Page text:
Yet for artist Louise Woodcock the burning of her work is a form of self-sacrifice which ultimately symbolises an act of defiance against such measures. This she expresses head-on in her provocative pledge accompanying Vanitas, a red skull fashioned from wax:
“I will destroy in order to create, to make art no matter how throttled we become through poverty: by any means necessary.”
While condemning the detrimental impact the cuts will have on aspiring artists, Louise believes that their effect could lead to a back-to-basics approach and be the source of inspiration.
“Cuts to public funds will make art and artists in this country suffer, but [this] … could reconnect us with our instinctive creative ‘will’. We may become more in touch with what really moves us irrelevant of monetary concerns. Poverty can inspire, but this is not to condone the impoverishing of artists and the lack of respect this culture has for us as the cuts demonstrate. I hope that we realise we can overcome these obstacles if we maintain our individual and collective passion to create and spur each other on, if we keep on keepin’ on.”
On the question of whether the bonfire could be interpreted as a bonfire of their own vanities, a narcissistic act of self-indulgence, Rosanne Robertson turns to the implicit political protest of the act; and the potential for resistance which could be ignited by the flames and acrid smoke of Friday’s conflagration.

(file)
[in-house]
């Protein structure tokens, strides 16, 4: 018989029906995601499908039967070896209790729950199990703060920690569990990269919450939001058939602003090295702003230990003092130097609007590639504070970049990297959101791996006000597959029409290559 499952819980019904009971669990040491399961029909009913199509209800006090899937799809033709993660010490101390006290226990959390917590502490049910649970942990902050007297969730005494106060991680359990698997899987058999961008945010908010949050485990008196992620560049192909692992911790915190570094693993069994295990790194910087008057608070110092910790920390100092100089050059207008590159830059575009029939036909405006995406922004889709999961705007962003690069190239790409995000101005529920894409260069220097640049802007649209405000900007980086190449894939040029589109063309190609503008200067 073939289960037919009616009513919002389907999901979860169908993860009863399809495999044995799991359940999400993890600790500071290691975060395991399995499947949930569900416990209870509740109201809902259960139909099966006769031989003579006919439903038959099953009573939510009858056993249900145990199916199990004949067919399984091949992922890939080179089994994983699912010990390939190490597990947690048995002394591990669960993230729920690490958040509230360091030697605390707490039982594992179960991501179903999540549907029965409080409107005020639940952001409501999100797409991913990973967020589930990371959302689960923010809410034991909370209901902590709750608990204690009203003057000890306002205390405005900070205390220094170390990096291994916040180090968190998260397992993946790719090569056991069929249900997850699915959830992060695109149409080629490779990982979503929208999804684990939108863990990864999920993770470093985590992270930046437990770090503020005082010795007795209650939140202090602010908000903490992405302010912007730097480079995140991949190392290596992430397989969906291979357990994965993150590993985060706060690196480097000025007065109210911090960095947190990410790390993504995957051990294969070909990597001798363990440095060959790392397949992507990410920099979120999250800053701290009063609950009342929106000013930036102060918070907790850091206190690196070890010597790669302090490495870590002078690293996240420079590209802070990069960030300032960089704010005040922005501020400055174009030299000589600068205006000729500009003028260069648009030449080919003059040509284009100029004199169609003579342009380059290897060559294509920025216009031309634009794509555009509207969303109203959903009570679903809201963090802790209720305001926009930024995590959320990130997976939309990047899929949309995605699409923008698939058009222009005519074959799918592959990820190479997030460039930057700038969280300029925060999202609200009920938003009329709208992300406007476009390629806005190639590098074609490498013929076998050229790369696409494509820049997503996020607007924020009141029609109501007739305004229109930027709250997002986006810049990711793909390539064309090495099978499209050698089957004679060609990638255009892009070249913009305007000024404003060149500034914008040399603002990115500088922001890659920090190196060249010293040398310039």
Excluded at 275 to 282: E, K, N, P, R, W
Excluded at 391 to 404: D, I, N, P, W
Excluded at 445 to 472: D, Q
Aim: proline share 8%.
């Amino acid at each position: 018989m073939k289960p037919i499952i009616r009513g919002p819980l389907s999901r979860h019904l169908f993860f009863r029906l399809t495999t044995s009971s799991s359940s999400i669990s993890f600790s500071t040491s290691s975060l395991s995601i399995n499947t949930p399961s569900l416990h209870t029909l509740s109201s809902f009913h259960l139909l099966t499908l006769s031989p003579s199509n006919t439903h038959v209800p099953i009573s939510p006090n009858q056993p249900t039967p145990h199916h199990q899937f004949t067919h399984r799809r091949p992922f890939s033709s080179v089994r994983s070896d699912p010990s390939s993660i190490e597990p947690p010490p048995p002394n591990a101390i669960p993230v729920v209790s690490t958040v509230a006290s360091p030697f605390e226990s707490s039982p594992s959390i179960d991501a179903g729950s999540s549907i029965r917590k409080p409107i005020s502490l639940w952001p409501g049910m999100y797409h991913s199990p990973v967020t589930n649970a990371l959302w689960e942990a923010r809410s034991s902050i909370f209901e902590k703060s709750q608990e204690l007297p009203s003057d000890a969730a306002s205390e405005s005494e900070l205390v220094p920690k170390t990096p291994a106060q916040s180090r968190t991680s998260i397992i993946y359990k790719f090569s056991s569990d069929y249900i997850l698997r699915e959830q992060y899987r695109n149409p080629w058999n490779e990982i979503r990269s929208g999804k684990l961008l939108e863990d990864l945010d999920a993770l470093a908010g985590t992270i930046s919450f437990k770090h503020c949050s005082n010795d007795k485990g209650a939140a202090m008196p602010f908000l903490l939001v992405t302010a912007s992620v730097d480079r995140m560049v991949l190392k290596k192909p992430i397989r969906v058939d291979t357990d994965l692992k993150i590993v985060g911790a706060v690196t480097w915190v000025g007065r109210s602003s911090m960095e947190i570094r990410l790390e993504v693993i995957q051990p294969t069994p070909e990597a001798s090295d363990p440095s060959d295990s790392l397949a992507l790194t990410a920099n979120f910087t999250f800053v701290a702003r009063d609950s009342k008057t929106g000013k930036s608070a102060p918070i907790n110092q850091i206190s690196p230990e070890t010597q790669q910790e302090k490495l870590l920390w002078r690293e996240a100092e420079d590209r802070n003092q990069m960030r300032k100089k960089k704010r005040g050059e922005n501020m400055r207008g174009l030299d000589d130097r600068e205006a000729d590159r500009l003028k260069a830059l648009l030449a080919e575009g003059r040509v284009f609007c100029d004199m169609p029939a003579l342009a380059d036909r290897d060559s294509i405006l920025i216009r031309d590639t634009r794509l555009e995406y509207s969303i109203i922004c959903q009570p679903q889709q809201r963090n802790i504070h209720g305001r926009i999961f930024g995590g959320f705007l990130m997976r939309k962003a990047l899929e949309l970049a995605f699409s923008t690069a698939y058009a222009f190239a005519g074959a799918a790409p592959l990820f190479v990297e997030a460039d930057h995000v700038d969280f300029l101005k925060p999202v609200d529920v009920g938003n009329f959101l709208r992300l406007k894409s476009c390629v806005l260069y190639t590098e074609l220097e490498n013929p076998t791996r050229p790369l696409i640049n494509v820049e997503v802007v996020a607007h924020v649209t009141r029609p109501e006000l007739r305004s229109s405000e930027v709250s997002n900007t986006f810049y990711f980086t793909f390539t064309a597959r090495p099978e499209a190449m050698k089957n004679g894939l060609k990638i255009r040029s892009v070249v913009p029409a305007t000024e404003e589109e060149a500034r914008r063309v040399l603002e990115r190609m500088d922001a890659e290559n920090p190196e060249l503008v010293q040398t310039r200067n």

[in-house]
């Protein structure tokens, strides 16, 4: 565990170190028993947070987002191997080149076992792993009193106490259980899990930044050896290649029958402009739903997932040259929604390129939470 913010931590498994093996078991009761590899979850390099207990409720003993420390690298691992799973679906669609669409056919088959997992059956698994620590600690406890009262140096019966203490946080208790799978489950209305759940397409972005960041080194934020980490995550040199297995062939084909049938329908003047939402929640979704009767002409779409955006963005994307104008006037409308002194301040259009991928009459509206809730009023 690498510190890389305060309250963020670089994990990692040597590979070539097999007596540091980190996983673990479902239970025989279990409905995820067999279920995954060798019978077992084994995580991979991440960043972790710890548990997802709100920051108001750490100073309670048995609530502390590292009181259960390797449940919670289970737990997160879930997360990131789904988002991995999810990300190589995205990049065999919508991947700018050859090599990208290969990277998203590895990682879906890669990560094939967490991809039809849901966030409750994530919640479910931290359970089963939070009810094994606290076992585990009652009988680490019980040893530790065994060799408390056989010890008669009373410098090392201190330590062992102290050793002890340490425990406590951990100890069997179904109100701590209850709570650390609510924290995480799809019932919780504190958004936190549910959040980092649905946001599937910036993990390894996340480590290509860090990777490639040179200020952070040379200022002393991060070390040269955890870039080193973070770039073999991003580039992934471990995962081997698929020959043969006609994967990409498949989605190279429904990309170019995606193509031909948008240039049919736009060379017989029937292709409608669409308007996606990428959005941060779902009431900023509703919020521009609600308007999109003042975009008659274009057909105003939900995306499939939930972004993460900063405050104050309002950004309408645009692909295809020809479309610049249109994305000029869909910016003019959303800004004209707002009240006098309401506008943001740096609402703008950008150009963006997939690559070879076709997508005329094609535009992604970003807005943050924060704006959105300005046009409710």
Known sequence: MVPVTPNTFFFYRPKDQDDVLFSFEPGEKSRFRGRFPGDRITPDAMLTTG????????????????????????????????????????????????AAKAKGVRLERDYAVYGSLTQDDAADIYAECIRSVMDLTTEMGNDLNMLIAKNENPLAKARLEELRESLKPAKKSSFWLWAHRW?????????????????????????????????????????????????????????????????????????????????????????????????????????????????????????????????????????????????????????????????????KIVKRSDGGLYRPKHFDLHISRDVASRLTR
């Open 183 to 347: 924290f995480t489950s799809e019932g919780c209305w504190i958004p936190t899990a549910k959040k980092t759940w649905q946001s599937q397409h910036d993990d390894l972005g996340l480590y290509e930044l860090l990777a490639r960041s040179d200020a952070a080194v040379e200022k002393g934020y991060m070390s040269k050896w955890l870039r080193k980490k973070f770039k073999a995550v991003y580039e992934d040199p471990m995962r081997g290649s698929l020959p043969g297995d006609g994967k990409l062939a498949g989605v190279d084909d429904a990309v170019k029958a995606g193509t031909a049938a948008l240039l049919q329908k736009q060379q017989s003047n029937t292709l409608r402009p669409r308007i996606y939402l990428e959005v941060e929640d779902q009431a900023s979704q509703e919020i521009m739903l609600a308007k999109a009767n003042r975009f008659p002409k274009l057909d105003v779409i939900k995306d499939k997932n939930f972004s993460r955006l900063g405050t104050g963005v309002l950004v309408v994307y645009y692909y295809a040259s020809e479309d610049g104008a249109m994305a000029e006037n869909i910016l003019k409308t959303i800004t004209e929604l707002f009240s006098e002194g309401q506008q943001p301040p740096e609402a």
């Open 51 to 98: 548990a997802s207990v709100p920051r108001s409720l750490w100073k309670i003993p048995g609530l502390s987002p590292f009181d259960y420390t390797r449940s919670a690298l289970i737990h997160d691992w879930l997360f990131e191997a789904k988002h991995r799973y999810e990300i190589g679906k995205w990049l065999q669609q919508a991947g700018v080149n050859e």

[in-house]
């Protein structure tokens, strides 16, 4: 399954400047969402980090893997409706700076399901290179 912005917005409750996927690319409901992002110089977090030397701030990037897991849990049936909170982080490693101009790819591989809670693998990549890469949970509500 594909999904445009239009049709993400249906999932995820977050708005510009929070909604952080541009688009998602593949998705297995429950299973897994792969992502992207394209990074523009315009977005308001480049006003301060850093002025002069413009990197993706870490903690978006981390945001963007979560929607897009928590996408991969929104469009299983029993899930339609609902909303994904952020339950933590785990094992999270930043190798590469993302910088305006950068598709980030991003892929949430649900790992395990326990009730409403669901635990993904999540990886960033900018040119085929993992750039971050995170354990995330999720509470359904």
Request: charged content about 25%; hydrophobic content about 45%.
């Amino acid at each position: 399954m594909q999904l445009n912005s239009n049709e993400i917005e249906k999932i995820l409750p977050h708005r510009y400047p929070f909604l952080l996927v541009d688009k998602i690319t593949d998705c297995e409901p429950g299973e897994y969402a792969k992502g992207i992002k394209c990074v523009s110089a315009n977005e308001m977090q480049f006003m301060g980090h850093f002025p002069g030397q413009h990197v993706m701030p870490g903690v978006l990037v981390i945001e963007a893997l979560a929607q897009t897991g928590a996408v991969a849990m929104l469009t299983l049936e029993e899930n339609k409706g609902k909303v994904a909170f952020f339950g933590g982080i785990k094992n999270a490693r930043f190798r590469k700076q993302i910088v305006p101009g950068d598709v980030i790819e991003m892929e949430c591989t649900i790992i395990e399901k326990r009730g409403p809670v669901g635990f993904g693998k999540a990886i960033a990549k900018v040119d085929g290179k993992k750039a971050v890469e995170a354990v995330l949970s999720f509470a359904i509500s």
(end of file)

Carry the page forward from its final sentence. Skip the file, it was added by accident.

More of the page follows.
“I think that artists should be more vain and self-indulgent if it means there are more who are willing to say “what I do is important, I will stand up for it”. I don’t think this is an indulgence of the self but that it is definitely an indulgence of our practice. The question is always what does this art mean to the viewer, the audience, the community, the public? But we have to know what it means to us before we can expect anyone else to appreciate it. And perhaps we also need to know what we are prepared to do to defend it.”
Indeed, this political undertone of the event comes out on many levels and is referred to explicitly in the tracts of many of the artists involved. In this respect the function of the mass burning appears to be an oblique way of forcing artists and the public to reconsider their relationship with and the value we assign to art, at a moment in time when its importance in society is being degraded by the government. Whether the immolation really is a ‘defiant symbol of dissatisfaction intended to act as a catalyst for change’ as the organisers hope is for the spectator to decide on the evening; as is the more fundamental question of whether such a spectacle can rise beyond the spectacular to stoke the flames of real resistance to the brutal cuts.
For those who remain unconvinced or perhaps confused by the ambiguous message beneath the incendiary intentions of the organisers, you may have just hit the hammer on the head – or, in the words of Rosanne Robertson:
“[With the bonfire] we aim to extend questions rather than give an answer.”
The Artsts’ Bonfire will take place between 8pm-10pm and will be followed by a party til late
For more info, go to: http://manchesterartistsbonfire.blogspot.com/